Fayette County is not happy about the numerous church closures in the county--understandably so--and have appealed to the Vatican.
Full disclosure: I was raised Catholic, went to Catholic school until I went to college, and now no longer consider myself a practicing Catholic, mostly because some of the church's teachings don't mesh well with me.
However, good friends of mine are still good Catholics, including my boyfriend, and my grandparents were quite devout. I've seen the benefits of churches--specifically, their sense of community--and so even though I don't really agree with or like a lot, I do understand and respect others' beliefs and what the churches mean.
And they mean a lot, because people are not happy. If you go to church, you probably know this and have probably heard firsthand people complaining about their church closing. Fayette County isn't exactly handling this gracefully. In fact, when a Mt. Washington church had to temporarily close, my boyfriend and I saw people on the news saying, "The church isn't the building, it's the people," and we were like, "Wait, what? People react calmly to church closings?"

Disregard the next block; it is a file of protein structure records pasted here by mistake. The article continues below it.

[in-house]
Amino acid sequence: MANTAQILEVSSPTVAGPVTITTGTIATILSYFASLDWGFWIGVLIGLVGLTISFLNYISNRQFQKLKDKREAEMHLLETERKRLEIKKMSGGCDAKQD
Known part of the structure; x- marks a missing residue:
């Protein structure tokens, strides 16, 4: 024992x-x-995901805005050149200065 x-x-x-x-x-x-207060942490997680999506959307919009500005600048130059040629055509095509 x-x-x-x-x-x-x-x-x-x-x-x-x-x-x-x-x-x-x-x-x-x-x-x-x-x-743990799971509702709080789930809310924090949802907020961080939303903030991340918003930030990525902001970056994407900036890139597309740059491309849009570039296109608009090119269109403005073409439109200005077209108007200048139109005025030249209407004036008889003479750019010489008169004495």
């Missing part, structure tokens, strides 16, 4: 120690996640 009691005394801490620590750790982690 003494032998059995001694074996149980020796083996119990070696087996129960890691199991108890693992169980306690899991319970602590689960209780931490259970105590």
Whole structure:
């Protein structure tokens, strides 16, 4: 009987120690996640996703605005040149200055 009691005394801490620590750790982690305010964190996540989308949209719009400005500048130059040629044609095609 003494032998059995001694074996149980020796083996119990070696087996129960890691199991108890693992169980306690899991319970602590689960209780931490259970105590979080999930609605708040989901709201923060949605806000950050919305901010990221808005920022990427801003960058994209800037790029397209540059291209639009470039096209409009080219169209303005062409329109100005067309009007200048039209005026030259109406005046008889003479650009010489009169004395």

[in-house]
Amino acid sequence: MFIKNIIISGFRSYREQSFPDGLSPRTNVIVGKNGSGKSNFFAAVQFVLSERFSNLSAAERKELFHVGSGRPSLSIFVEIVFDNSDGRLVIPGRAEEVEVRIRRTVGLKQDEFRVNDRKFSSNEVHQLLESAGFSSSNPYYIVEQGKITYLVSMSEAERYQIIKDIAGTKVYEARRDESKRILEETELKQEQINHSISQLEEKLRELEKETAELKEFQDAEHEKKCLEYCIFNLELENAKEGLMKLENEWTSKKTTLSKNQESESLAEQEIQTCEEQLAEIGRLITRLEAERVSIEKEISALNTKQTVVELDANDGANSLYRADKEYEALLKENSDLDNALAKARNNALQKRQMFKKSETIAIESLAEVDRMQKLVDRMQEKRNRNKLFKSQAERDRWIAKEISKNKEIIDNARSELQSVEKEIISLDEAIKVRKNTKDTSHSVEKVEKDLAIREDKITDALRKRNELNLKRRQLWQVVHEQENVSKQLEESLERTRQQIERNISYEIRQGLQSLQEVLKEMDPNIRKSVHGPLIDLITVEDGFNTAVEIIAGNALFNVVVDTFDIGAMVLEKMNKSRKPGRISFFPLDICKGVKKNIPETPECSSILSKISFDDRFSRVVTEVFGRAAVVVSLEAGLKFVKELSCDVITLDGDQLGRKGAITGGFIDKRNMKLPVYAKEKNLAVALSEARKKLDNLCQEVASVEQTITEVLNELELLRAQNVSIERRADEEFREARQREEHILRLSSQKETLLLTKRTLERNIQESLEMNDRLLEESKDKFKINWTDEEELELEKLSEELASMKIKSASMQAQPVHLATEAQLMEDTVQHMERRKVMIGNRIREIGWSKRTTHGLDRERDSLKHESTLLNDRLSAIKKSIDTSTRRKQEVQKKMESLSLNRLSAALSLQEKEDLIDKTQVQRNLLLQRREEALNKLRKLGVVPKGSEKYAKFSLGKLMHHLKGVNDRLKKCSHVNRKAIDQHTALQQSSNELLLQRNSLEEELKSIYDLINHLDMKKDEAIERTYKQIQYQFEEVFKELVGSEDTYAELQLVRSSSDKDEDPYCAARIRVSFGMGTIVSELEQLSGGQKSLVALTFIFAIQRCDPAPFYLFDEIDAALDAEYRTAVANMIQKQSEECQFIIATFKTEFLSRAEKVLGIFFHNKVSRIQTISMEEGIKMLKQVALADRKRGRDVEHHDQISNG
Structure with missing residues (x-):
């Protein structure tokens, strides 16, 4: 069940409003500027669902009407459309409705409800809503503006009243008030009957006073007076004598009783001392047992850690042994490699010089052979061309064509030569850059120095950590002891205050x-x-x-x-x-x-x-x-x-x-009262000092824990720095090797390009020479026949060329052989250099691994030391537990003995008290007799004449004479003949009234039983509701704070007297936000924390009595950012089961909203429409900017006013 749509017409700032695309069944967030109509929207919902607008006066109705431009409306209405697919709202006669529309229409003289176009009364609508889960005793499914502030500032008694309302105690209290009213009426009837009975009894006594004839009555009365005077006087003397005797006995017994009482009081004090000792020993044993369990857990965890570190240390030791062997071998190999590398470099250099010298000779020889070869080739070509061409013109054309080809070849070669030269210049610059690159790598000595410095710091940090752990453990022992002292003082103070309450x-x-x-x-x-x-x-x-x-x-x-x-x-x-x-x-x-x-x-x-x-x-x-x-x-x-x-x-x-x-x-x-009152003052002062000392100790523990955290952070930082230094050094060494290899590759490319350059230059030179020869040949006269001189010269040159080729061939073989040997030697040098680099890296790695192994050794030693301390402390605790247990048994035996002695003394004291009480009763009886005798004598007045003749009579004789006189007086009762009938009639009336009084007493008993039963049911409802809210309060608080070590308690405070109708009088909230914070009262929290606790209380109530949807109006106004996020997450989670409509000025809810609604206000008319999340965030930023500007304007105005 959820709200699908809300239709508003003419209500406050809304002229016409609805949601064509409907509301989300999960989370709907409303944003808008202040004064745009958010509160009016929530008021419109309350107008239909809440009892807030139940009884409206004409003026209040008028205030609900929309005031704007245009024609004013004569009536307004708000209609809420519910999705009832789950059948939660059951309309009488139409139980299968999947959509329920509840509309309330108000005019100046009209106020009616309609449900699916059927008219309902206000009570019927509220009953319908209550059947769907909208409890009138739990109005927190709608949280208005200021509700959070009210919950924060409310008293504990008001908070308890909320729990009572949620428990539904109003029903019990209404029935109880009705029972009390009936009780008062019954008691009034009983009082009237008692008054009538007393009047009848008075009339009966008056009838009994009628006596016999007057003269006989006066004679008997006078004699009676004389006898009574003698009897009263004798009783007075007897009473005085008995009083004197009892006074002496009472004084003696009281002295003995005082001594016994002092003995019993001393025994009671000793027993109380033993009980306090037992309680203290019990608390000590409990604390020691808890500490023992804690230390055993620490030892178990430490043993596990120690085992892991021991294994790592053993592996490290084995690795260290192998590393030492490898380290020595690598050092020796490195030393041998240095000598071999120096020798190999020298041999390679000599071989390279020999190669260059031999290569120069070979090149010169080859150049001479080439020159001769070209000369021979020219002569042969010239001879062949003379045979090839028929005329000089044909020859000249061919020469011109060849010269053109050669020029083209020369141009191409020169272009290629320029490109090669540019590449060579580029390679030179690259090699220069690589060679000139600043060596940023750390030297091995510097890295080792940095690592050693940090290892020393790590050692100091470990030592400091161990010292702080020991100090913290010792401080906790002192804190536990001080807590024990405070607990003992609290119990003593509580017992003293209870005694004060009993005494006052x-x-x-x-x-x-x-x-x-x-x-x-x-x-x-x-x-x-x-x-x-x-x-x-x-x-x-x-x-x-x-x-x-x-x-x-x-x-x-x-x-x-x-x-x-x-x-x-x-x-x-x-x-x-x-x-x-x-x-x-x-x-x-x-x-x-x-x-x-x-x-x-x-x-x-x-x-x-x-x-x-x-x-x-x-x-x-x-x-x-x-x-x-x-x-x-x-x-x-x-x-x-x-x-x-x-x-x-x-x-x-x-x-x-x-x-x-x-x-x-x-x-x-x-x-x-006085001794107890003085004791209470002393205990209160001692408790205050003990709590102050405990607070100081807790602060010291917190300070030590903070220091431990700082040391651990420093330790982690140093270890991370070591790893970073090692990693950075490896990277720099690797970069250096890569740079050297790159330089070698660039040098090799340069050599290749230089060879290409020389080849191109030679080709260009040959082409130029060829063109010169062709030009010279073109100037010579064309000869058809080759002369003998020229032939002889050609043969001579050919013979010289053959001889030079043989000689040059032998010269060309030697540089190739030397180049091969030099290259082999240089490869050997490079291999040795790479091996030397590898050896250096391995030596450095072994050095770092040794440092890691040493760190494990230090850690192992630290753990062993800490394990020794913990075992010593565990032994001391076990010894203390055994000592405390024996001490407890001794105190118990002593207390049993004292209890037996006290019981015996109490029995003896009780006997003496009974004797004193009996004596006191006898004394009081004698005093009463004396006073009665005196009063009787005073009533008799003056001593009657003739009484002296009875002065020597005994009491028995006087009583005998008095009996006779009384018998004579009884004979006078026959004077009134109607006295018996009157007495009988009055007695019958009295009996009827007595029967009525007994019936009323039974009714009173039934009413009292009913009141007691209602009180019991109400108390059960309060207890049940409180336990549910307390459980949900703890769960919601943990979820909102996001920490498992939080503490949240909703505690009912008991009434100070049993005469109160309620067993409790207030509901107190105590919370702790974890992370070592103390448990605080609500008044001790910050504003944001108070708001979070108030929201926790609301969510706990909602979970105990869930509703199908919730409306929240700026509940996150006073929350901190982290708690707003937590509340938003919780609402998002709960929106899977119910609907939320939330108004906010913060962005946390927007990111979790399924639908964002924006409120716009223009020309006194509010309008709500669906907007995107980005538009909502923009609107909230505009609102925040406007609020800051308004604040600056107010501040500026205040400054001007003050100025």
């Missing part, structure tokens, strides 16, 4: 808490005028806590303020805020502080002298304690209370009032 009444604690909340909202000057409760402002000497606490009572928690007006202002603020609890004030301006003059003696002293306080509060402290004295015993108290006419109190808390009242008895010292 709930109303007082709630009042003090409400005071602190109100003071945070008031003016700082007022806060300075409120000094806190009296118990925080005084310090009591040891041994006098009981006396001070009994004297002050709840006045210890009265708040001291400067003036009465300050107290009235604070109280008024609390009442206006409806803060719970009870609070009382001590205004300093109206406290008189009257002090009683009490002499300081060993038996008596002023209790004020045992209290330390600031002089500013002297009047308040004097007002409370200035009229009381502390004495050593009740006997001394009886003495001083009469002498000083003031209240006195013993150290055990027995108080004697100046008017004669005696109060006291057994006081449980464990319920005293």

That said, the closings bring up to other issues.
Some, like St. Procopius in New Salem, just underwent renovation projects that parishioners donated money to have done. Just a few months after renovations were finished, St. Procopius closed. Kind of seems like a waste of money, doesn't it?
The second is logistics. Okay, fine, some churches had to go and combining them in central locations does make sense, but the problem is that one of the new churches--St. Thomas--though really pretty, has no air conditioning, has a huge flight of stairs to get into it which is problematic for the elderly and basically anyone in winter, and is on a hill. Some argue--quite reasonably--that it would've made sense to keep the big, flat church in Cardale open instead.
Meanwhile, what happens to all the closed churches now?